Again, this assumes certain "facts." Even a casual reading of their logs reveals that they are much more inclined to go their own way - their preference was always to sail alone, as well as to anchor away from the mob when at all possible.

What comes through clearly in their logs is that the generally older cruising crowd was off-putting to the Schultes, and they almost never sought guidance from the cruisers they met along the way. When other cruisers offered unsolicited "advice," the Schultes without fail, if the logs are accurate, rejected it.

What isn't clear in the logs is that Pat Schulte, especially, is exceptionally intelligent, that he read all of the essential cruising material both before and during their voyage, and that he was a much more competent mechanic than his logs might make one think long before he ever owned a boat.

I think it is Pat's self-deprecating writing style that makes some people assume the Schultes were just lucky. I like the quote of Seneca the Younger, "Luck is when preparation meets opportunity," and the Schultes were indeed prepared, and gave themselves the opportunity.

I think if they had had to do it in a wooden boat from 1963 and traditional navigation they would still be doing circles in the pacific somewhere.

This is gratuitous, Dan, and unworthy of your generally well-reasoned thoughts.

I mean look at how many people get up Everest these days. You got money and just about no adventure is unobtainable.

If you're referring to the loathsome practice of well-to-do "mountaineers" being short-roped up Everest for an obscene amount of money, I think the equivalent would have to be a "mariner" hiring an experienced captain to sail him around the world. Obviously, the Schultes didn't do that.

They were the only crew aboard Bumfuzzle, and their accomplishment deserves the respect of anyone who has only dreamed of sailing around the world - I'm reasonably certain that others who have actually achieved a circumnavigation respect them.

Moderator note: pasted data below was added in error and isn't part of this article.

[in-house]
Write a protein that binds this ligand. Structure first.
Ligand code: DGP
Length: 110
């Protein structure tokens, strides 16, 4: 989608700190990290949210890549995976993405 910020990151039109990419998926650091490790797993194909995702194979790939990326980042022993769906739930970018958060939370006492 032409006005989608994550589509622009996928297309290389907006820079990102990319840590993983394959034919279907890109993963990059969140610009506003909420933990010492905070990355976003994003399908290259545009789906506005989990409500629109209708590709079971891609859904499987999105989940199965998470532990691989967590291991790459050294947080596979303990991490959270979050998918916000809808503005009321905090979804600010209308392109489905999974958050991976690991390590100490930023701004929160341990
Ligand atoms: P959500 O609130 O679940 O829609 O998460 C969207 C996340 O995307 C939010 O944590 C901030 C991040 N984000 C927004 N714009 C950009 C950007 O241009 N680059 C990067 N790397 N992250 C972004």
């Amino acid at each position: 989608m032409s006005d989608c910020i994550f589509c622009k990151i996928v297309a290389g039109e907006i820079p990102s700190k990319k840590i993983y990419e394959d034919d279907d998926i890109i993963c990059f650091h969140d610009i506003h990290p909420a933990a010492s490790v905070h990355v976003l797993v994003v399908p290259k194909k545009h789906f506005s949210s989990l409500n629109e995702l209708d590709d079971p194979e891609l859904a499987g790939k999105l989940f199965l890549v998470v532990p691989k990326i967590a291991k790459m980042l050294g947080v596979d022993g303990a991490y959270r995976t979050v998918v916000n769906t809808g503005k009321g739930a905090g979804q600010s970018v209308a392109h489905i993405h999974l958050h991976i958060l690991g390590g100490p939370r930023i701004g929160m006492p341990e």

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Old 07-10-2007, 01:56   #12
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I'd agree almost 100% with Tao Jones. There is absolutely no reason why, with study and preparation, an inexperienced sailor shouldn't buy a suitable boat and embark on a lengthy voyage, be it a circumnavigation or an extended cruise. Incidentally, by preparation I don't mean spend years 'working up' to the long trip. I'd agree about the writing style (I found it entertaining). The only 'counsel' I would offer would be to not automatically reject advice from people you may not naturally identify with. I can quite see how a 'brash, wealthy young couple' would get up the noses of long-term cruisers, equally I can well see how many cruisers can come across as 'old farts'. Some times people you don't identify with do have useful information, so it is a mistake to automatically reject it. So far I've only made one 18 month extended cruise, the 'big one' starts next year. I started off with some opinions and book knowledge, I now have some practical knowledge and some of my opinions have changed. Life is a learning experience, I've tried to evaluate advice given by people I don't agree with...being human, of course, I don't always practice what I've just preached.
Glad to read Maxing out's budget comments, I'm looking forward to an enjoyable cruise.
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Old 07-10-2007, 04:51   #13
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My motto is "just do it..." which is why I like Bumfuzzle. I built two wooden boats (one was a 60 ton ironwood ketch) with zero experience. Now with all my subsequent experience I would be able to come up with plenty of reasons why building a wooden boat in a foreign country is a crazy idea...(and then not do it). Sometimes knowing "too much" will leave you too scared to go out the front door! There comes a point where one must take a leap of faith and just go for it, irrespective of your experience. I like Bumfuzzle also because I can show my wife that a couple with far less experiece than us pulled it off no problem....
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Old 07-10-2007, 19:14   #14
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I enjoy your posts, Dan, and trust that you will accept the following as my attempt to defend people I've met and respect.
TJ - Maybe my post came across as derogatory towards Bumfuzzle in some way. Perhaps I could have expressed myself better. But rest assured I read both sides of an issue with as little bias as possible and form my own opinion - right or wrong. I didn't mean to "attack" them - I am actually quite ambivalent towards them.